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And it's too bad, because I'm actually interested in other people. I just can't get myself out of the way when I'm in a conversation. That's why I prefer eavesdropping or reading novels.


Posted by: peep | Link to this comment | 12-25-17 7:33 PM
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To be a Peeping Peep, as it were.


Posted by: Mossy Character | Link to this comment | 12-25-17 7:35 PM
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I too love eavesdropping! One of my very favorite things is to go to bed when I'm camping and continue to listen to the campfire conversation from my sleeping bag.


Posted by: heebie-geebie | Link to this comment | 12-25-17 7:35 PM
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And then I hate it if anyone is talking while I'm trying to read.


Posted by: heebie-geebie | Link to this comment | 12-25-17 7:36 PM
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Do you tell them if you are going to be reading in the sleeping bag or not?


Posted by: Moby Hick | Link to this comment | 12-25-17 7:37 PM
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24: That happens to me on the bus not infrequently. The people talking will be very annoying, until I decide to just give up on reading and focus on eavesdropping.


Posted by: peep | Link to this comment | 12-25-17 7:42 PM
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25: they can tell by whether I'm yelling crotchety expletives at them or not.


Posted by: heebie-geebie | Link to this comment | 12-25-17 7:53 PM
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Most people can't pull off "consarn it" unless they are near a camp fire.


Posted by: Moby Hick | Link to this comment | 12-25-17 7:55 PM
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AIHMHB I did have a boyfriend who legit said dadgum.


Posted by: heebie | Link to this comment | 12-25-17 8:13 PM
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You young people and your Gabby Hayes cosplay.


Posted by: Moby Hick | Link to this comment | 12-25-17 8:26 PM
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Reflecting on this - when I was married I spent a fair bit of time with my in-laws and extended family for many holidays. They were for the most part rural and parochial, some extremely so.

Weirdly, I feel like I did much better at this (generating conversations, avoiding arguments) with them than I do often with people I have much more in common with.

Or maybe I'm just worse at it in general, but don't know as I have no occasion to see these people any more.


Posted by: soubzriquet | Link to this comment | 12-25-17 10:22 PM
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I'm terrible at making small talk, too. But I've observed my friend J., who's great at it. It seems that he really listens, and most importantly, he's willing to let silences hang ..... it seems that (and he told me once) most people have difficulty letting silences hang, and will rush to fill then up. So he just waits, and the other person will speak up. And then he just tries to follow along.

it's hard, especially when one is feeling terribly uncomfortable. But he's an excellent conversationalist. And as he says, it's b/c he speaks less.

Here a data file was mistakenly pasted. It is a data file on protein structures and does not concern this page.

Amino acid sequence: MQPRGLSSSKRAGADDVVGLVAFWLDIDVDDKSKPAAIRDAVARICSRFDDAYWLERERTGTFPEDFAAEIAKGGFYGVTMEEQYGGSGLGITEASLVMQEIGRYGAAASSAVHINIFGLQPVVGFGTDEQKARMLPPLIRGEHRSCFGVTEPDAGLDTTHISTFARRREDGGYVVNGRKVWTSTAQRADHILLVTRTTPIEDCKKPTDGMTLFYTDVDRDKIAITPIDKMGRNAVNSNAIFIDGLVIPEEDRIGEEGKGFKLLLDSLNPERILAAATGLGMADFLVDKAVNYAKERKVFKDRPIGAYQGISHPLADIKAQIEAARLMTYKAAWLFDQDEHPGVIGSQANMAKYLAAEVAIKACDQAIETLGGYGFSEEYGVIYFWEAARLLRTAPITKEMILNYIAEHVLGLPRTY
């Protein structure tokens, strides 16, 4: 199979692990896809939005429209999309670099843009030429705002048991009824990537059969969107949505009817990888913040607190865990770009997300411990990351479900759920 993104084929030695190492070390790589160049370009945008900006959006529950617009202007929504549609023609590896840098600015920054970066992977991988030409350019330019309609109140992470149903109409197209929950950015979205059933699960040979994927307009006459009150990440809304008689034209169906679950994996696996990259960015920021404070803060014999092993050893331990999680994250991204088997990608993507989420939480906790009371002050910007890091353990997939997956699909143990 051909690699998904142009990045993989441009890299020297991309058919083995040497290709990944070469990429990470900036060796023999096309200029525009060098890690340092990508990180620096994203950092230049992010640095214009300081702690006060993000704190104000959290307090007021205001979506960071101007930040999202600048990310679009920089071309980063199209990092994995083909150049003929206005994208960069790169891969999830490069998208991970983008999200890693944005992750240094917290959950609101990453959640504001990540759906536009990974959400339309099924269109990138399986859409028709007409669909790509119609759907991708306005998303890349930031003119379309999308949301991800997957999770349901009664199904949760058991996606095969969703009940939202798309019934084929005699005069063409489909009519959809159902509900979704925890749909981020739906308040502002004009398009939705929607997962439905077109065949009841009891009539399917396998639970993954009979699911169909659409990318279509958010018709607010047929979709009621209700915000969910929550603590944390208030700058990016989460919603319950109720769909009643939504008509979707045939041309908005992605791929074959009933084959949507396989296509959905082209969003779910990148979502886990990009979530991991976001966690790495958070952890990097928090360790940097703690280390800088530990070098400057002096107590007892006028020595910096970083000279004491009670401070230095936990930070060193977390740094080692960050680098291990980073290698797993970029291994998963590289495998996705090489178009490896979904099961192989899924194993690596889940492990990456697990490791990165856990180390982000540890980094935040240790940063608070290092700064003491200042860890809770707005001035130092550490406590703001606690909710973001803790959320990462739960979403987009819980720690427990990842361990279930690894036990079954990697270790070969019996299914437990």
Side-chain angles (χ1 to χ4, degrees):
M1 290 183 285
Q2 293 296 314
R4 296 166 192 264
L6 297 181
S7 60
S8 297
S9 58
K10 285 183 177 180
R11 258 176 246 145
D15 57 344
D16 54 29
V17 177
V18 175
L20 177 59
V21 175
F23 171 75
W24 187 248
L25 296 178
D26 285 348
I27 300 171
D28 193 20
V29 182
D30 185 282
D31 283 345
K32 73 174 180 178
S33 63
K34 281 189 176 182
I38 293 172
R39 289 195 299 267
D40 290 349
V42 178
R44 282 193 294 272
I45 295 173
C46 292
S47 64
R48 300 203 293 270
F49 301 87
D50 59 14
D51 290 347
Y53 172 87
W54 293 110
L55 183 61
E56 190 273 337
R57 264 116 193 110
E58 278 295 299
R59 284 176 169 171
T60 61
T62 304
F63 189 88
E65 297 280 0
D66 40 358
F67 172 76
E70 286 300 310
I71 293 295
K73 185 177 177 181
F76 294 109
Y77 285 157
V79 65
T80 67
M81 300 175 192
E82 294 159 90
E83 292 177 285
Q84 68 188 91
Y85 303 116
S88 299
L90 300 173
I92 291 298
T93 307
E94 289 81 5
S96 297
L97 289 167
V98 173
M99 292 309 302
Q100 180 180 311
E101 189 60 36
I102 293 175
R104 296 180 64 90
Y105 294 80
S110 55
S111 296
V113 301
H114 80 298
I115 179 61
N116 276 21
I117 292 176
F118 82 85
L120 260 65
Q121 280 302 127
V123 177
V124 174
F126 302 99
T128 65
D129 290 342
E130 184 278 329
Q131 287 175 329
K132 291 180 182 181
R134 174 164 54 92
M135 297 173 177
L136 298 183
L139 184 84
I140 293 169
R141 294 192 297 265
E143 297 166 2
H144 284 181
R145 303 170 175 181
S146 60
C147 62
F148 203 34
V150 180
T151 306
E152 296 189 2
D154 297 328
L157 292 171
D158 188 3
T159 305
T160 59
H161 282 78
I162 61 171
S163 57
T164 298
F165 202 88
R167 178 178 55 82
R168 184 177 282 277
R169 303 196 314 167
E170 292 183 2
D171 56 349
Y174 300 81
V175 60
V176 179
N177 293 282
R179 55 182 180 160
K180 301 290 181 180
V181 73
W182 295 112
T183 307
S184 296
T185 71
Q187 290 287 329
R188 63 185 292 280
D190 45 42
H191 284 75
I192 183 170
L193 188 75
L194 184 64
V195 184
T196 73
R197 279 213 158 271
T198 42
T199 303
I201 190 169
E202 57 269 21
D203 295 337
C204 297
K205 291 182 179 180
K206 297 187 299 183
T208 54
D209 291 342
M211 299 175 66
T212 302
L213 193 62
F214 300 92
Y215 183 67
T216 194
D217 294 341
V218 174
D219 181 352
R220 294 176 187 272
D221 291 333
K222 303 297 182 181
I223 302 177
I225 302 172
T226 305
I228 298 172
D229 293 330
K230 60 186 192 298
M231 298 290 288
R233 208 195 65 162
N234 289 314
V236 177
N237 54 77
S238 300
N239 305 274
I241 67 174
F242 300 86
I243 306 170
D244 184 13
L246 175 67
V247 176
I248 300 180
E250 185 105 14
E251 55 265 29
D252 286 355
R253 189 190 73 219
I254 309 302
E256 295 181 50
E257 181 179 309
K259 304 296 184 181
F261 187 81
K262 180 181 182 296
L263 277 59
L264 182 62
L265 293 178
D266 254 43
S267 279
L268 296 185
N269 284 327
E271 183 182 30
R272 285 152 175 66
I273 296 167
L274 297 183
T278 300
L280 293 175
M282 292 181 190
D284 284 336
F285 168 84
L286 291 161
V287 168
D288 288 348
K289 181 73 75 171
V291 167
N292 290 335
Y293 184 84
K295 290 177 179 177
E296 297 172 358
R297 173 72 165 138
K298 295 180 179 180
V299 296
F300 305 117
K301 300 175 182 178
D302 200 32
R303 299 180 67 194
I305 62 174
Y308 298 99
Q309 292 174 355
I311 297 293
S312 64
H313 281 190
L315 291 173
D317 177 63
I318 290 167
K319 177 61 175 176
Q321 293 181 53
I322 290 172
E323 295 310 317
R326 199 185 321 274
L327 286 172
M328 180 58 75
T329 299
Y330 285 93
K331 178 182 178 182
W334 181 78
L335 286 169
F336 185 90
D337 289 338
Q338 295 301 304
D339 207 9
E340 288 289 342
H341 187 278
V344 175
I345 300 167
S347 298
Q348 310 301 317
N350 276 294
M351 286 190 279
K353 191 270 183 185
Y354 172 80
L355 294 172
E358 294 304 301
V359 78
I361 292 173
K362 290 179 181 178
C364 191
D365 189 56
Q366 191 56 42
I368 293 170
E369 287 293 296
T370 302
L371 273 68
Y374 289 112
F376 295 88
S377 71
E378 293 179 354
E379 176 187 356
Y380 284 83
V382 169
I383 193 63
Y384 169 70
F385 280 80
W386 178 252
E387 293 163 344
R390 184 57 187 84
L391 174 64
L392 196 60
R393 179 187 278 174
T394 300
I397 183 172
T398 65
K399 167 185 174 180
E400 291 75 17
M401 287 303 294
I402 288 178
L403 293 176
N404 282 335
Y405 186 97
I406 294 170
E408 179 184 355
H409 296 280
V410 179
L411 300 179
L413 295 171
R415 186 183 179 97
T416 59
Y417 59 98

[He claims that it's excellent for negotiations, also. But then I'm terrible at those, too.]


Posted by: Chet Murthy | Link to this comment | 12-25-17 11:05 PM
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Merry Christmas!

I don't really recognize the dynamic in the OP, but then I've never really cared much about making conversation.


Posted by: teofilo | Link to this comment | 12-25-17 11:43 PM
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I avoided a political conversation tonight, which is good because I think it's kind of a waste of time to talk about the tax bill with people who have built-in mechanisms for dismissing all objections ("sure the tax bill is a giveaway to corporations, but corporations already always win and haven't paid taxes for years so it's not a giveaway at all and we'll get a little personal benefit and also health care should be ruled by competition because that's what makes it effective") when the more urgent conversations in the future will be the ones with phrases like "purge", "show trial", "cult of personality", "you say you support them now, but how will you feel about being asked to inform on your neighbors?"

For context, some of these Trump supporters at dinner would not have the citizenship that enables them to vote for Trump if "chain migration" were banned. But of course the immigrants targeted by anti-immigrant rhetoric aren't them or their friends or the nice people they know who also immigrated. Anti-immigration rhetoric is all about the fine distinctions. (Actually, I don't think anyone asked point-blank about the anti-immigrant rhetoric; as I say, I stayed out of it and out of earshot of most of it.)


Posted by: fake accent | Link to this comment | 12-26-17 12:16 AM
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Being able to avoid dinner conversation is a benefit of non-formal dinner serving regimes.


Posted by: fake accent | Link to this comment | 12-26-17 12:18 AM
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Being able to avoid dinner conversation is a benefit of non-formal dinner serving regimes.

This, for sure.


Posted by: teofilo | Link to this comment | 12-26-17 12:26 AM
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Though actually the conversation at the formal dinners on my current trip to see family has been fine. It's a very like-minded group politically, at least.